One of the most powerless statements people make is “well if I’m going to get it (AIDS) I’m going to get it” or a variation on that theme, which is, “if I haven’t gotten it yet I’m not going to.” Either statement is kind of a risky thing to say about a disease that may have an incubation period as long as three or four years 1 Well into the interview D’Eramo askthe researchers if people who do not fit the strict case definition of AIDS, but who do have some signs and symptoms of the disease, do not have to go on to develop full-blown AIDS (i.e. – one of the life threatening opportunistic infections such as Kaposi Sarcoma or Pneumocystis carinii pneumonia.) Dr. Lange responded affirmatively stating that he has “seen people with lymphadenopathy, and oral thrush (Candida in their mouths) and who have lost ten or more pounds and with a T-cell ratio below 0.5 (which he considers very serious) – take a total turn around. They’ve gained weight, the thrush has disappeared, the lymph node swelling has gone down.” Dr. Buimovici-Klein goes on to say: I think it is very important to emphasize. I also know about three other patients with this type of prodromal AIDS, including persistent CMV infection. They took it upon themselves to change their lifestyles (emphasis is mine), abstain from sex, eat properly,t rest, and exercise. Two of them were abstinent for two months, and their T-cell ratios improved remarkably. When they came back’I hardly recognized them; all the prodromal signs of AIDS had disappeared. The third one found a steady lover, formed a monogomous relationship, and he was better within one year. One of the other two I mentioned felt that he had become so well that he started back again to promiscuous lifestyle. He returned in four months-withlymphadenopathy, and fever (this time), and his T-cell ratio was again very low. He then began to abstain from sex again and now he seems fine. So I do believe that this needs to be emphasized: at this early stage, if you do lead a healthy life, you will eventually get better.11
Now before everyone flies off the handle screaming that this business about sexual abstinence and monogamy sounds like homophobic Christian fundamentalist clap trap – level off!! We need to expand our, definition of sexual. We need to continue to be sexual and I think it is better to be sexual with lots of folks rather than a few. However, take off your strait blinders and begin to explore forms of sexual expression that don’t involve the sharing of bodily fluids. BORING – you say … maybe not!! Give it a try. We need to be naked a lot with each other – touching and cuddling (naked or not) are essential to our well being. AIDS is not.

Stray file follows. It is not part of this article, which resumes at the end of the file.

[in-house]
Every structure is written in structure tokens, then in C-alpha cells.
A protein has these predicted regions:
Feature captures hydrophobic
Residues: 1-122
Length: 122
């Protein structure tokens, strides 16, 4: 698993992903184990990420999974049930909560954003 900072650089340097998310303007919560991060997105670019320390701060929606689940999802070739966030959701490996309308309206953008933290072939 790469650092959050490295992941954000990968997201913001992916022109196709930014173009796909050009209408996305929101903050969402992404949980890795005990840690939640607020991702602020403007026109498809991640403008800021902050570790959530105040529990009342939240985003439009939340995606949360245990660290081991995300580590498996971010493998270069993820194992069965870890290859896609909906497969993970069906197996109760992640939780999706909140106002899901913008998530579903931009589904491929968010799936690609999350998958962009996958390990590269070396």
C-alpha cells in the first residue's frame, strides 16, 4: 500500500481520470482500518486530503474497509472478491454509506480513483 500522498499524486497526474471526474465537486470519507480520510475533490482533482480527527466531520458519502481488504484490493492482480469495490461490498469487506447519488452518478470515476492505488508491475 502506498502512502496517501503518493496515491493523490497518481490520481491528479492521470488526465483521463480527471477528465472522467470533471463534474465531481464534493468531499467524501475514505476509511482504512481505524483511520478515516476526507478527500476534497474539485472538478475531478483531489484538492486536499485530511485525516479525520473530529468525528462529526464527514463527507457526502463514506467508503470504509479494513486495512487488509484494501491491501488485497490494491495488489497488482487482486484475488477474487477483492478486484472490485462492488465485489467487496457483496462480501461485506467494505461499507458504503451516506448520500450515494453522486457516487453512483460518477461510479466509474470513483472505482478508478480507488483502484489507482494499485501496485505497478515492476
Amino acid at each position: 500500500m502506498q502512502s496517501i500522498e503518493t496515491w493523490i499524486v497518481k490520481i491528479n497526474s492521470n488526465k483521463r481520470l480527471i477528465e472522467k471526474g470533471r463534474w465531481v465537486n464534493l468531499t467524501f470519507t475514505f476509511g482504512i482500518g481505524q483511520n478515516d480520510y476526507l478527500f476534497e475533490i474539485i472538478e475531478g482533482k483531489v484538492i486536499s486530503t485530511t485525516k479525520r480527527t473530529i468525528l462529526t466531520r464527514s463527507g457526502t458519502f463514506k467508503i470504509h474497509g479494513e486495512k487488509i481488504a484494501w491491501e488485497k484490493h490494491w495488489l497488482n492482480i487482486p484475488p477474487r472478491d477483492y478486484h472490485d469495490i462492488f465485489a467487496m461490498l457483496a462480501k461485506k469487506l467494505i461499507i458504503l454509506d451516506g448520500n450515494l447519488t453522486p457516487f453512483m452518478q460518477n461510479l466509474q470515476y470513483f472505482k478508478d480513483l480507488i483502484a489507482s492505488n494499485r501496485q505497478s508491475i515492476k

Lifestyle changes are difficult to make and it’s easy to fail if we don’t approach it realistically. “Programs of lifestyle change are far less appealing and compelling than the pro grams of massive innoculation, or the exotic drama of coronary by-pass surgery. Prevention is both simple and subtle,which it its greatest asset as well as its most severe liability.” (Holistic Health, Pelleteir) Going cold turkey with various habits can work for some of us but taking it a bit at a time works well for others. If you are continuing with a sexual lifestyle that includes many different partners try exploring the various suggestions now available for decreasing the sharing of bodily fluids. Take a hard look at your recreational drug use (including alcohol and tobacco!) Exercise can be believable and not a drag. Take it slow, perhaps discussing with your health care provider what would be a good program for you. Changes in diet are often very difficult to initiate. Go slow and eliminate some of the junk food replacing them with other, more healthful, items. We have many people in the gay and lesbian community who know a lot about good diets. Come on! How about some organic quiche recipes?
These changes can be made with a non-penance attitude if kept realistic. Celibacy, a brown rice diet, and six miles of jogging on the first day is not a realistic approach. Beginning to spend a few minutes each day thinking of your body as a beautiful and intricate whole, a thread in the fabric that is the universe, is realistic.
Writing in 1936, a physician named Jesse F. Williams said: “It is of value to think of health as that condition of the individual that makes possible the highest enjoyment of life, the greatest constructive work, and that shows itself in the best service to the modern world …. Health as a freedom from disease is a standard of mediocrity; health as a quality of life is a standard of inspiration and increasing achievment.”
I am confident that we can empower ourselves in regard to AIDS. We can heal ourselves. Those of us with AIDS can recover. Those with the early symptoms can reverse them. And those of us at high risk can eliminate or at least greatly reduce that risk.